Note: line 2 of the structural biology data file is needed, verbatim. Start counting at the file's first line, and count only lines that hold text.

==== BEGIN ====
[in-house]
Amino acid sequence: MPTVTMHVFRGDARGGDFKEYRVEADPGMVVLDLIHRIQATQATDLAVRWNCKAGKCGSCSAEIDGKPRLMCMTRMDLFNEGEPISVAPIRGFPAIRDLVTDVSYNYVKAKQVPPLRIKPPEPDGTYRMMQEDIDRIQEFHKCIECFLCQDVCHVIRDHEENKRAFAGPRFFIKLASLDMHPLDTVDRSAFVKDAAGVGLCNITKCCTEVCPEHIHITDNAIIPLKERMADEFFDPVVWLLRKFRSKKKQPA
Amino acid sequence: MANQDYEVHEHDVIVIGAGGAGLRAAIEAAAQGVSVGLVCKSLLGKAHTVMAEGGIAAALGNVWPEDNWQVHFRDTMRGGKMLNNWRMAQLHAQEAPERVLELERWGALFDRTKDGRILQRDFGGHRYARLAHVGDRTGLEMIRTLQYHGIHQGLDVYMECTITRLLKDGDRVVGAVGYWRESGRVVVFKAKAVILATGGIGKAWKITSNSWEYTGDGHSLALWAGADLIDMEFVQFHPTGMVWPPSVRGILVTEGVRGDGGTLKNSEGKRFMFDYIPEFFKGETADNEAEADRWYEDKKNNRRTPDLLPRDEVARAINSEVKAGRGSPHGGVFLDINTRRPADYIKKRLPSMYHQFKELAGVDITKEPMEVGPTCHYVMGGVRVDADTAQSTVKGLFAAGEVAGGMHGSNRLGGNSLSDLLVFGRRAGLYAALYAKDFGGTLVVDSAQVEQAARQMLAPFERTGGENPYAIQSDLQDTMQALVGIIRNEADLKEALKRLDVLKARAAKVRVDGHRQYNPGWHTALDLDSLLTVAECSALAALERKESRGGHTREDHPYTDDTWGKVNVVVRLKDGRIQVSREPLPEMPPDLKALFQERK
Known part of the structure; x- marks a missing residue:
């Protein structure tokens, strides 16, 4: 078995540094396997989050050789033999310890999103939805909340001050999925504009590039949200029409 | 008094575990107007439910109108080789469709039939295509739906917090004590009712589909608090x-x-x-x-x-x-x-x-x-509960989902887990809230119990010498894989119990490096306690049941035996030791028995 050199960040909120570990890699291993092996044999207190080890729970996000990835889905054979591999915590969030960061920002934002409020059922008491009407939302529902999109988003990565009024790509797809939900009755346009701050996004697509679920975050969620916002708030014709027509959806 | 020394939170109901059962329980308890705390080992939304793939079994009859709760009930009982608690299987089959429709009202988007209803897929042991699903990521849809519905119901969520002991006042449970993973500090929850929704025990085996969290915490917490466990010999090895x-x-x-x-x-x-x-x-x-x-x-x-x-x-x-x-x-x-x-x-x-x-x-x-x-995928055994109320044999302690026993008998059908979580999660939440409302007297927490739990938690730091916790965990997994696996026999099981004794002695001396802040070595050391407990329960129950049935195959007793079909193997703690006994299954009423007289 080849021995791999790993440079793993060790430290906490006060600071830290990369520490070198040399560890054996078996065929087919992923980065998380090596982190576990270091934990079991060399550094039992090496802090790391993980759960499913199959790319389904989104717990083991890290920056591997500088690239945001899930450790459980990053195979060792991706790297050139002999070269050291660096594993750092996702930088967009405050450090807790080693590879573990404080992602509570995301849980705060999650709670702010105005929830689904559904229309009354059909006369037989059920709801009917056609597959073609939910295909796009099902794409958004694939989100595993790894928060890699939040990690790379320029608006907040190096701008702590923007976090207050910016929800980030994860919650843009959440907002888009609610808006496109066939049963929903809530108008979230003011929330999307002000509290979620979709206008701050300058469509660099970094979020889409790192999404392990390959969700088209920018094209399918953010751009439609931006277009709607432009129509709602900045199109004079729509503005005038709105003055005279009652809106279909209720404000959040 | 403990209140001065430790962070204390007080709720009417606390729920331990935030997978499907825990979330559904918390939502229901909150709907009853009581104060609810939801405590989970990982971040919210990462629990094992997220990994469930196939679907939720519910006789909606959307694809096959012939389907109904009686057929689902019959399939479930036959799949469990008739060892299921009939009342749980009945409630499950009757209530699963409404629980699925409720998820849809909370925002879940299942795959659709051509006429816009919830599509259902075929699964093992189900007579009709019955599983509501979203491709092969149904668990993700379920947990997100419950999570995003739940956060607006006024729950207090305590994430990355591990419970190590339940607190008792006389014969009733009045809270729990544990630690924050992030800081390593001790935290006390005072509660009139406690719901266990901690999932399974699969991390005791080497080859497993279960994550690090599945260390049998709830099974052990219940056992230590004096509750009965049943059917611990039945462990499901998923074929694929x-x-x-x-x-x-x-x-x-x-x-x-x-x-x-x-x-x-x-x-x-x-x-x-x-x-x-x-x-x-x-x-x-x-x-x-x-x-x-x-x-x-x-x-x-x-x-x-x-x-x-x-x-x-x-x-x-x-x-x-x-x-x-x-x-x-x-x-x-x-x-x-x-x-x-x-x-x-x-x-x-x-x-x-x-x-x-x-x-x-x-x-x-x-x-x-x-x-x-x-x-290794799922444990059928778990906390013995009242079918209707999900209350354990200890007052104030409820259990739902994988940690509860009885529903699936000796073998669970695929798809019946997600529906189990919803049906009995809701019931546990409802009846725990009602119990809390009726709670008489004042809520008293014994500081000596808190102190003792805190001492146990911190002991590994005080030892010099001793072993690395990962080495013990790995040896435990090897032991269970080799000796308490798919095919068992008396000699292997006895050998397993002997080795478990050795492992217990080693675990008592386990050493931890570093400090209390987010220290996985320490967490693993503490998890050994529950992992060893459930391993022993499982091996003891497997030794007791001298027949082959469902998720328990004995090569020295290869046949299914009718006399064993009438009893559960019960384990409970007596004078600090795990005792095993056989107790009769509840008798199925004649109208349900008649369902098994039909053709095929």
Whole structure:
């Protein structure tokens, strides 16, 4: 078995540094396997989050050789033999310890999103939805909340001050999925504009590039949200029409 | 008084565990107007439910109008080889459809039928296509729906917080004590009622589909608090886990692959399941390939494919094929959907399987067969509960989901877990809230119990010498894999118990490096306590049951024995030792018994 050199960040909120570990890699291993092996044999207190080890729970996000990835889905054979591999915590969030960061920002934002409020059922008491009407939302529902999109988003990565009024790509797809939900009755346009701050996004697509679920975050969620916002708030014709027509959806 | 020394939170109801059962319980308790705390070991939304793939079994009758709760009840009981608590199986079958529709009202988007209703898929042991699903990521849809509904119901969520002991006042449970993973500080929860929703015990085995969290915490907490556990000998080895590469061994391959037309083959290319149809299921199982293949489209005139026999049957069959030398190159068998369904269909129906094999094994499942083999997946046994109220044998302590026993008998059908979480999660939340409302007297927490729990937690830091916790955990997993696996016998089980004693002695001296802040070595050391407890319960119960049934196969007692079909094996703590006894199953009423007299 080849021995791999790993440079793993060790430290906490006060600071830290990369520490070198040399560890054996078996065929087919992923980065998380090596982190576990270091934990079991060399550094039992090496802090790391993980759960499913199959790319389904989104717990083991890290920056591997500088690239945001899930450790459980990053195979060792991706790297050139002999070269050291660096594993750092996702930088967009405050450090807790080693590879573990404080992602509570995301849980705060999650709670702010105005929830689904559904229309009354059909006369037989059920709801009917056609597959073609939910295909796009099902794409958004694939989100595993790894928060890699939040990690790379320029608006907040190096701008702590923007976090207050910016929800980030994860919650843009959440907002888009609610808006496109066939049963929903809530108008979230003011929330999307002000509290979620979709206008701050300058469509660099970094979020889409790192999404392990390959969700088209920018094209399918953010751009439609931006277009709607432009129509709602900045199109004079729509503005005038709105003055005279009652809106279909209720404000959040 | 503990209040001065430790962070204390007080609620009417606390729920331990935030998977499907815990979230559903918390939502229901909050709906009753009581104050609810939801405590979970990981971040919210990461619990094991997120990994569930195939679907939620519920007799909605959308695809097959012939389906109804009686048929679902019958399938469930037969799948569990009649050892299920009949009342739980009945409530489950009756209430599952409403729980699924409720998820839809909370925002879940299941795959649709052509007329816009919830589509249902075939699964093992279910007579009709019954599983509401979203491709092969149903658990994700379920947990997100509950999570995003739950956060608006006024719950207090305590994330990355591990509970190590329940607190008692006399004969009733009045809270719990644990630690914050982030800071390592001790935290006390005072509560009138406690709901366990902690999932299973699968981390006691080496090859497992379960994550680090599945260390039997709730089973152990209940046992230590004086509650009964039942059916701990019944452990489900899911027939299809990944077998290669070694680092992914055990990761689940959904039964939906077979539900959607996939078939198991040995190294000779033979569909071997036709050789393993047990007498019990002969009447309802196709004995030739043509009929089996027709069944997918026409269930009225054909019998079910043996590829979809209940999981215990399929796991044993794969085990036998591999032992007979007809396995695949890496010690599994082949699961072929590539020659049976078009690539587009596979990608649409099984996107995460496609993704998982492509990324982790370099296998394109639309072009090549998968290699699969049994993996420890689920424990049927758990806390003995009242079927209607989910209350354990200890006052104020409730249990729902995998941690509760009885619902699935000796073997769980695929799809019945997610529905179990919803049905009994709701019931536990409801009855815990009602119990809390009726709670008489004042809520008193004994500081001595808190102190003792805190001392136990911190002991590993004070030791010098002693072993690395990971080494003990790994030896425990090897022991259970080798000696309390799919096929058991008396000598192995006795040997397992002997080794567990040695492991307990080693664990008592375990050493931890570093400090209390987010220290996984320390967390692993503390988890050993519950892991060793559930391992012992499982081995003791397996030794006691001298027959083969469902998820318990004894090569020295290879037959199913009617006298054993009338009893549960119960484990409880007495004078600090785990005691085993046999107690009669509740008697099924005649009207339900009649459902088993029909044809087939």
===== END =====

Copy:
Amino acid sequence: MPTVTMHVFRGDARGGDFKEYRVEADPGMVVLDLIHRIQATQATDLAVRWNCKAGKCGSCSAEIDGKPRLMCMTRMDLFNEGEPISVAPIRGFPAIRDLVTDVSYNYVKAKQVPPLRIKPPEPDGTYRMMQEDIDRIQEFHKCIECFLCQDVCHVIRDHEENKRAFAGPRFFIKLASLDMHPLDTVDRSAFVKDAAGVGLCNITKCCTEVCPEHIHITDNAIIPLKERMADEFFDPVVWLLRKFRSKKKQPA